Washington is ablaze, and we have ourselves to blame. Wildfires exploded across the state this week, scorching about 500,000 acres in mere days.

Most started because of humans, according to Commissioner of Public Lands Hilary Franz. The state has seen more than 1,300 damaging, human-caused fires in 2020. That’s vast swaths of Washington devastated because people flouted sensible precautions.

Every individual must do better. Wildfire season has for years been a predictable and growing part of the calendar for much of the American West. Climate change further exacerbates the threat to woodlands and communities. People die. Families lose their homes. Vigilance against errant flames — even sparks — can prevent much of this hurt. That is a universal obligation.  

This year, hundreds of wildfires on state land started with recreational fires, debris burning or arson. Late summer is perennially very dry on both sides of the Cascade Mountains. Decades of federal failure to acknowledge and address climate change helped extend that dryness. State government has boosted firefighting and prevention in recent budgets; lawmakers should be wary about draining those resources while making necessary cuts during the next session.

The immediate burden lies with the general public. Vigilance about fire safety must be an everyday concern. From cigarette butts tossed on the roadside to campfires and fire pits, each outdoor spark is a threat to bucolic wild lands, property and life during these long parched weeks.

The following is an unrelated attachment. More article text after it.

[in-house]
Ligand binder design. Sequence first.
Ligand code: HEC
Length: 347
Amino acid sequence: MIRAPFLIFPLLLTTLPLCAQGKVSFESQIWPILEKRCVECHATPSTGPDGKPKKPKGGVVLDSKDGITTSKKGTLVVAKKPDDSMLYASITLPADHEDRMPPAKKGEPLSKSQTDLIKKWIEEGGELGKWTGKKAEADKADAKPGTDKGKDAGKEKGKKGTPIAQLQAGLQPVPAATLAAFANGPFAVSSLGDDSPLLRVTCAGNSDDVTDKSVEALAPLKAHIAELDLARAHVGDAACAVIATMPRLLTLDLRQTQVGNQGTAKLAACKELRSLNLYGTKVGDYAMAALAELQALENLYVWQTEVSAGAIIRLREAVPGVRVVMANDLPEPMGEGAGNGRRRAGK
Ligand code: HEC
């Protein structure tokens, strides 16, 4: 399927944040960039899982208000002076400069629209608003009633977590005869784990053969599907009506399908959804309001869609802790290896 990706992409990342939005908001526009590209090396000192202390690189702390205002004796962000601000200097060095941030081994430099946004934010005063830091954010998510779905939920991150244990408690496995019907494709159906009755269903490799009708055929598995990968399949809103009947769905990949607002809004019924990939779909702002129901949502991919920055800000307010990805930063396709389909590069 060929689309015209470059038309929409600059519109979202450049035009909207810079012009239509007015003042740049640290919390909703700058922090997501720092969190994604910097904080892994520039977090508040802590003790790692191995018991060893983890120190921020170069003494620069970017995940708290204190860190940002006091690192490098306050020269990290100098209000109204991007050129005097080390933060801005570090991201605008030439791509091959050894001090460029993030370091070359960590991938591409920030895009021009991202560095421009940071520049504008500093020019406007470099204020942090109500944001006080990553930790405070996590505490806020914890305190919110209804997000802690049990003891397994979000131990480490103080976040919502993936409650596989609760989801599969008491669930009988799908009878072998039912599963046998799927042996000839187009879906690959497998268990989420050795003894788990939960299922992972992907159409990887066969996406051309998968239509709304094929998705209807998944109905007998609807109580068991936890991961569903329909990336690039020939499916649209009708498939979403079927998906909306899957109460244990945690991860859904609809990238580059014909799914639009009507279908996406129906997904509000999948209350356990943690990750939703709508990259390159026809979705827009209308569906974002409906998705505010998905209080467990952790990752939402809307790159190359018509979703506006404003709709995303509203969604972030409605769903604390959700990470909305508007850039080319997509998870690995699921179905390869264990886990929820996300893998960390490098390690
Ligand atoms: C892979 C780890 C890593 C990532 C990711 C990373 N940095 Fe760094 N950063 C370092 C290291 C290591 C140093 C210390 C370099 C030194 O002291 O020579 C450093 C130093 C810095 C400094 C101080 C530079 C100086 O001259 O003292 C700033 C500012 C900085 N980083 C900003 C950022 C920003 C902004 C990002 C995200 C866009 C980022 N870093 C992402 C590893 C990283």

Every Washington resident and business shares this responsibility. Schools and public-safety bulletins should urgently spread this gospel. The message must be amplified each summer. Years without vast wildfires and spreading smoke have sadly become the exception, rather than the rule. 


When people scrupulously observe burn bans and clear dry brush from residential lots, they are protecting their neighbors and our region. As homes have proliferated across Washington’s wildland-urban interface, the chance for inadvertent wildfires has increased. So, also, has the chance that more people will be affected.

Many thousands of people reside in suburban tracts on the edge of forestlands from Bonney Lake to Issaquah and well beyond. More than ever, forest health is everyone’s public duty to protect these blossoming residential areas. 

Wildfire smoke will likely float regionwide into next week, the Puget Sound Clean Air Agency warned. A 1-year-old child died in Okanogan County. This is the sobering reality: Everyone in Washington must take fire risk seriously, every summer.